“My school sucks” may cost you
It is not uncommon for students to criticize their school and the administration. But doing it online may result in unforeseen consequences.
Nicholas Blacconiere was upset with his school in Illinois. He vented against his teachers and classes on Facebook and invited others to join him, saying “Don’t be afraid to post comments on whats going on, this is yor voice too.” (exact quote) He allegedly accused teachers of substandard teaching skills and promiscuity.
The Salon Professional Academy considered his content to be defamatory and sued Nicholas seeking $50,000 in damages and for unauthorized use of their logo. The legal issue to be decided regards free speech and its limits. Similar cases across the country have led to mixed rulings from the courts.
Avery Doninger referred to her school administration as “douchebags” on her blog and was prevented from running for class office. In 2008, the court ruled against Avery and her free speech challenge finally ended on October 31, 2011 when the U.S. Supreme Court refused to review her case.
Justin Layshock created a fake MySpace profile of the school principal. He was suspended for ten days and transferred to an alternative program. The court ruled for Justin saying his off-campus speech was protected under the First Amendment. The school district appealed the lower court’s decision, and on February 4, 2010, the appellate court ruled against the school, leaving the outcome in Justin’s favor. Then the court vacated the decision and set it for a hearing before the full court in June, 2010. In June, 2011, the Third Circuit Court of Appeals ruled in Justin’s favor finding that his speech was protected and should not have been punished by the school. You can read about the decision here.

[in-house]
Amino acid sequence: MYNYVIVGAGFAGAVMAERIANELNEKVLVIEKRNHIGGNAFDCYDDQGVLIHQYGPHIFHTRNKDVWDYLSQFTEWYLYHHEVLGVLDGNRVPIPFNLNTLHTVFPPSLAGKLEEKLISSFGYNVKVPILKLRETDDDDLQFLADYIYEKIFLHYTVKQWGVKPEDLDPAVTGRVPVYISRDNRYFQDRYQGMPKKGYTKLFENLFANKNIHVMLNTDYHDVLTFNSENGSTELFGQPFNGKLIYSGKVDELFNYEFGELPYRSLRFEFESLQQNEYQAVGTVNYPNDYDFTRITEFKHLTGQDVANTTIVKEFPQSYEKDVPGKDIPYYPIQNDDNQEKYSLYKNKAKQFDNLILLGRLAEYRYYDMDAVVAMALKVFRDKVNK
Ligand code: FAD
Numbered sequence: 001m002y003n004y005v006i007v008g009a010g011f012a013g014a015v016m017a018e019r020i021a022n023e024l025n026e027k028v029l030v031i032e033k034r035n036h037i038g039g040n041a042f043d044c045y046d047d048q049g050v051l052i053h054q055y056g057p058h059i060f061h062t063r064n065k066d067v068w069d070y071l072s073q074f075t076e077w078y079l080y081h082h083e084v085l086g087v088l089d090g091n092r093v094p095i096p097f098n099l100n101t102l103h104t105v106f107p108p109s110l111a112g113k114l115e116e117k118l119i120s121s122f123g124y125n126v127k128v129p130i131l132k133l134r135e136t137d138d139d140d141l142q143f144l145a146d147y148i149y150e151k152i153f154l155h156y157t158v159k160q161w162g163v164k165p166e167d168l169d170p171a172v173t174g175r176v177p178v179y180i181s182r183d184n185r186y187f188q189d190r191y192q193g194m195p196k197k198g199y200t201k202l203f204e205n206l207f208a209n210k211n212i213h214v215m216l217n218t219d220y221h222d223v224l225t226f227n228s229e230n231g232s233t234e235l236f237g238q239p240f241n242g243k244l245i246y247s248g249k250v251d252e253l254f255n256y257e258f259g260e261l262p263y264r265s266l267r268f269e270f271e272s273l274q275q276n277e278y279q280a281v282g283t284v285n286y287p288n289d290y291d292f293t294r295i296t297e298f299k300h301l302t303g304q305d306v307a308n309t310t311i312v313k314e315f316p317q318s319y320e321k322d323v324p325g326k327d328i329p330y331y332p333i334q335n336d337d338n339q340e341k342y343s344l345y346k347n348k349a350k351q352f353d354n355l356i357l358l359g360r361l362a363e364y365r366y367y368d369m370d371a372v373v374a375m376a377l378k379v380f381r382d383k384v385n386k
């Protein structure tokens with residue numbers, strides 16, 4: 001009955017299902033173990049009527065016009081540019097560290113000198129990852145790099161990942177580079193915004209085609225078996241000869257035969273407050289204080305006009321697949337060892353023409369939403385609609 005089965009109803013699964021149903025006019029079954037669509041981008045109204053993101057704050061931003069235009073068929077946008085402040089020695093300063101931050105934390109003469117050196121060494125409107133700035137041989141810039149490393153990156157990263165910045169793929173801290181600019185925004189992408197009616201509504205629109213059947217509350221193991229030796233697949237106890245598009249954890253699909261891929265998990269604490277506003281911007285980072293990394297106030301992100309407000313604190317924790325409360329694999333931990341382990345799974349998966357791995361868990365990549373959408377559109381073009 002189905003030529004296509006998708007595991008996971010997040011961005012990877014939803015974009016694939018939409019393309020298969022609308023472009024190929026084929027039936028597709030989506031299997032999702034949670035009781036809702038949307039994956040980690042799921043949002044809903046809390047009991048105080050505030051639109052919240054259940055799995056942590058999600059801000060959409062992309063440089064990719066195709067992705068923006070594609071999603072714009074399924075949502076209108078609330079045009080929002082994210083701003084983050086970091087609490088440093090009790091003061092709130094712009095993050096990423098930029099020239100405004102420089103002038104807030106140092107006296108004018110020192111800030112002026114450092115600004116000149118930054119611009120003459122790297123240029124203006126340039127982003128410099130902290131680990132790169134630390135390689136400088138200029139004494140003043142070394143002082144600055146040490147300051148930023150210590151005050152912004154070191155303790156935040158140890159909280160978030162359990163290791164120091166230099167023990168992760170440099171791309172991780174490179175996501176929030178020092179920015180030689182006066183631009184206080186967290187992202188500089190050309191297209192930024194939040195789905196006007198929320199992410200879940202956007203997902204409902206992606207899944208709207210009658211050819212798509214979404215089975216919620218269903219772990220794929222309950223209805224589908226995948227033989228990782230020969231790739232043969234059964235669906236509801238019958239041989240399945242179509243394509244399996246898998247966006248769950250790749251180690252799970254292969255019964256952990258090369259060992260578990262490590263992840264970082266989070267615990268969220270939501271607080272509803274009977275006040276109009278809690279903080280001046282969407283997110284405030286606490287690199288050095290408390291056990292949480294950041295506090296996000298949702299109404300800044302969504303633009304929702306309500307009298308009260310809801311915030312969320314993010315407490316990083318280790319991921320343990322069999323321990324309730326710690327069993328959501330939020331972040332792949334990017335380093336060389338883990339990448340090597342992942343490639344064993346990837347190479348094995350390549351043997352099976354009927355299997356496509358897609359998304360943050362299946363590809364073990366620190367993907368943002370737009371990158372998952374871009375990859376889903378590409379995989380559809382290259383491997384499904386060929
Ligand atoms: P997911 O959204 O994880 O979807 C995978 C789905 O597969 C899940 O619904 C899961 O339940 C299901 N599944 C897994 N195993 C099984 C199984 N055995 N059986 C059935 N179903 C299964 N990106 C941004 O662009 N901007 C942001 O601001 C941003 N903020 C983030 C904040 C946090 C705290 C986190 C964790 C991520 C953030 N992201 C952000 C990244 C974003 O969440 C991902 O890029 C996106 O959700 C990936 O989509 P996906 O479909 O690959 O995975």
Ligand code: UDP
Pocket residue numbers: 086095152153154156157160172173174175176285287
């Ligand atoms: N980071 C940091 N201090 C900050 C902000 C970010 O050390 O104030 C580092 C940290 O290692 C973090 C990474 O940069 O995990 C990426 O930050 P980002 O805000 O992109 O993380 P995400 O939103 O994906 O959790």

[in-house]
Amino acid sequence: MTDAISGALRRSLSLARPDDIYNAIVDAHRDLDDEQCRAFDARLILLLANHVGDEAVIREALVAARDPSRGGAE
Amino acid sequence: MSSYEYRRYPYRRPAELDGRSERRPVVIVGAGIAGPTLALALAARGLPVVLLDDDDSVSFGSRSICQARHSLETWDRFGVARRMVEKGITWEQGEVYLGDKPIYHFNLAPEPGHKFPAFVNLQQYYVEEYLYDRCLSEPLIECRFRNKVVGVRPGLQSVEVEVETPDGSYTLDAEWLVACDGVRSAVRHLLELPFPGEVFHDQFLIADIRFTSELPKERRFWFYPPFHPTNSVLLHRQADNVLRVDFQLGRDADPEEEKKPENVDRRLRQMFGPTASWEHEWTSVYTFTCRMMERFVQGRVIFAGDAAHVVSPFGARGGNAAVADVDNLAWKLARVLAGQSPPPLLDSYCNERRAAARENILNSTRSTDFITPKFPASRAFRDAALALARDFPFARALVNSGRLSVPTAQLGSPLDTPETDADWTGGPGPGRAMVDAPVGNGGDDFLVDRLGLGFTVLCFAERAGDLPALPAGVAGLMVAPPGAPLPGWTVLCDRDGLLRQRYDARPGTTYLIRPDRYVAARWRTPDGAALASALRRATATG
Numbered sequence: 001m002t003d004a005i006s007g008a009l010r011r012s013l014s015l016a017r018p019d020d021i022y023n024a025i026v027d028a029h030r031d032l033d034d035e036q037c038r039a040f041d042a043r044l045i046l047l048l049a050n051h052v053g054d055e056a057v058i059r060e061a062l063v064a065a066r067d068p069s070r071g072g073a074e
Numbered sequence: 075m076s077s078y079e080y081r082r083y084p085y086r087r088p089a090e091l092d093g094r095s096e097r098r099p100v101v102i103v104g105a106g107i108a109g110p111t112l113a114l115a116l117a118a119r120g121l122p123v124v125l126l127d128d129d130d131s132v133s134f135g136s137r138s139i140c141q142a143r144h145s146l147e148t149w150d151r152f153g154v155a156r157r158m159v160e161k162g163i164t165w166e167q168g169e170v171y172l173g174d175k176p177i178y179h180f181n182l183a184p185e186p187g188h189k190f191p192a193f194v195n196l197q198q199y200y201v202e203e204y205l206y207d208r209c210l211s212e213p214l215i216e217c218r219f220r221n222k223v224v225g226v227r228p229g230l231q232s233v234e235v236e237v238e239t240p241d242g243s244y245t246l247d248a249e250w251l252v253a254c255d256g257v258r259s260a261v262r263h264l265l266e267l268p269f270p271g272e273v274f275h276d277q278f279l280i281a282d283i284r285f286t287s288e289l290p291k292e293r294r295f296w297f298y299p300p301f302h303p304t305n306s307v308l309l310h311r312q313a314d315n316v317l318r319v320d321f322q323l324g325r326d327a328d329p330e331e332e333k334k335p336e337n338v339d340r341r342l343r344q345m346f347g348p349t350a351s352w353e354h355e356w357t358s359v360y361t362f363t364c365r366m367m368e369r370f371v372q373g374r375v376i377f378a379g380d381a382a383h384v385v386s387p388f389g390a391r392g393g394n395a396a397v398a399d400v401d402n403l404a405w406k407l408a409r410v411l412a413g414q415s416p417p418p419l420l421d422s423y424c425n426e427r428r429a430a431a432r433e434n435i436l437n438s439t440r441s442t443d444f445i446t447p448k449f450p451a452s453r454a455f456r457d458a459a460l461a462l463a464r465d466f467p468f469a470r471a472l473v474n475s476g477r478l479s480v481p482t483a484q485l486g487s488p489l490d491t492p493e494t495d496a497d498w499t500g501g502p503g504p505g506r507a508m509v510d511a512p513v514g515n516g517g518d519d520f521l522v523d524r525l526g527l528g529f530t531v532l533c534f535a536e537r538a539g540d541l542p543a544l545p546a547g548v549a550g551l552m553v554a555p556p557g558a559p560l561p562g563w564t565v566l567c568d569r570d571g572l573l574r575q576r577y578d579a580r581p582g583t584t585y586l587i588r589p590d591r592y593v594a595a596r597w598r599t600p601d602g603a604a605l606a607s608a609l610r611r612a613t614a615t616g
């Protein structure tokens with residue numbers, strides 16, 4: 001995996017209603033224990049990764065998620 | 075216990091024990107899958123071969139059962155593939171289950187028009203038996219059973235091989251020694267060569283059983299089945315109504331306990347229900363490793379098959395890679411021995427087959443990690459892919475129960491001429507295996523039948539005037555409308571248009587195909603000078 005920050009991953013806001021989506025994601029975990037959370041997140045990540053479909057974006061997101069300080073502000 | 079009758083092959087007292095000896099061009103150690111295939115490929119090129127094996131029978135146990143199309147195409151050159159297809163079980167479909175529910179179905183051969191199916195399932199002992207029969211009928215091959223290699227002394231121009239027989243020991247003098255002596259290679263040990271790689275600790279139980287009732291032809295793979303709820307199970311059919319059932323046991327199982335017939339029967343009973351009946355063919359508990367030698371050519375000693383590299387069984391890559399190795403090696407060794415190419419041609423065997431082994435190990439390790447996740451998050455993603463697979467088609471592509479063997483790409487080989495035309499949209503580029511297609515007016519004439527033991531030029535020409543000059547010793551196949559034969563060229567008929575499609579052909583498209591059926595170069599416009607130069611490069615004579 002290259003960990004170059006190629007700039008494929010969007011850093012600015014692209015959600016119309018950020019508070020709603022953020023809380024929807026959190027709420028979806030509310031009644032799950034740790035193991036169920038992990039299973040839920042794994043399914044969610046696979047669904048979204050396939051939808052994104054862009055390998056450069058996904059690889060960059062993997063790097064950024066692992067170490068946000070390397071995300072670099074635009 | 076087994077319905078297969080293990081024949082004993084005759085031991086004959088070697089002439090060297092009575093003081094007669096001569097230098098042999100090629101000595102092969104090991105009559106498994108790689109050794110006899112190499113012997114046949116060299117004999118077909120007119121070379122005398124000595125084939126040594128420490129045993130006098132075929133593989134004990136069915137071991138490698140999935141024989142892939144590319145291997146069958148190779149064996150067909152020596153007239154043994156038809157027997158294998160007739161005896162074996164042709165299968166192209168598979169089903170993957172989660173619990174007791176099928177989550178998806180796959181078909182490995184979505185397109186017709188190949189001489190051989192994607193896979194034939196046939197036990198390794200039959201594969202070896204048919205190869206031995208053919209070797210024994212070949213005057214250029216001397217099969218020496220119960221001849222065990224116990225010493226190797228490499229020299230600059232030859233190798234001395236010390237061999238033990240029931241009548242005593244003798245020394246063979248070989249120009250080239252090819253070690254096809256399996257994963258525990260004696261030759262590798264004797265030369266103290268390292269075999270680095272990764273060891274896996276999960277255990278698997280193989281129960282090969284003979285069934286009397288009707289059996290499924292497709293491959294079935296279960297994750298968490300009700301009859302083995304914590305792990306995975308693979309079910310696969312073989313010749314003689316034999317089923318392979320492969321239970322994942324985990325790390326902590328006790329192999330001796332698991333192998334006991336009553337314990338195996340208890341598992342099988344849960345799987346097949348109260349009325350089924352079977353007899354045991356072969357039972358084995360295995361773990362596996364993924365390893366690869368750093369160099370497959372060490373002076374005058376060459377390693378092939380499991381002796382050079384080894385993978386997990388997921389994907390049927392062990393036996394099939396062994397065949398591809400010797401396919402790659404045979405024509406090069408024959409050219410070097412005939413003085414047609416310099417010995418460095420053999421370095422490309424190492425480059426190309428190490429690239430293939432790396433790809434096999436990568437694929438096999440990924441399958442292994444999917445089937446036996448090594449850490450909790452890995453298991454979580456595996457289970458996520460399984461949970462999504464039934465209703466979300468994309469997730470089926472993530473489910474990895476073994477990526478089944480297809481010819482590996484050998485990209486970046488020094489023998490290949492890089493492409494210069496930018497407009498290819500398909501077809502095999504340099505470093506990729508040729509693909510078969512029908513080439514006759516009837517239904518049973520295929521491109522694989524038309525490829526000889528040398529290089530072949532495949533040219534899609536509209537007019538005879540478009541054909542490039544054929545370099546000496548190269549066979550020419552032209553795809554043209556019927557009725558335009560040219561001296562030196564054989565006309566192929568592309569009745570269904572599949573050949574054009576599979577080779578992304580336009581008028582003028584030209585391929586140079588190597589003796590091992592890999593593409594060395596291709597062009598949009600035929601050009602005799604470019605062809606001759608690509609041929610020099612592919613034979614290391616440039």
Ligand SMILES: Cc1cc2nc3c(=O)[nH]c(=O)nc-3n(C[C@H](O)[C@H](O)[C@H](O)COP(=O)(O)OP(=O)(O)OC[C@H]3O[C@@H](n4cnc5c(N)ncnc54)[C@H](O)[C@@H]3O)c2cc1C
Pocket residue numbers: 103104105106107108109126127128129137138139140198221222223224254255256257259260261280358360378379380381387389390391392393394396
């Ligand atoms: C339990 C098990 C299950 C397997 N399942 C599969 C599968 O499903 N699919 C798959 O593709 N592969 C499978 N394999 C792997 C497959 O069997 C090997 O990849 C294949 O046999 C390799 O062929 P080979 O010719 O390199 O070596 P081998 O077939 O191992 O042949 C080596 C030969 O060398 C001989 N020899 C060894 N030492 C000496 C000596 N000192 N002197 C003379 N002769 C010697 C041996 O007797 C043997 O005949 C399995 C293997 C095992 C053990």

Ian Lake was 16 when he created a critical web site about his teachers and principal. He made references to sexual behavior and drugs. He was arrested and charged with criminal libel. He spent seven days in juvenile detention before the charge was dismissed on constitutional grounds.
Justin Swidler was in the 8th grade when he created a web site called “Teacher Sux.” He made degrading comments against a teacher and the principal. He was expelled from the school district and lost his case in court due to the disruption his site caused at school.
Zachariah Paul sent out an email with his Top Ten list that criticized the school’s athletic director. He was suspended for ten days. He sued the school for violating his free speech and the case was settled out-of-court. Zach returned to school and agreed not to repeat his behavior.
So what do you think of these cases? Is there a difference between criticizing others in a conversation and writing it online? Should you be allowed to say anything at anytime against anyone? Or are some people off limits? Does it matter whether your comments are true or false?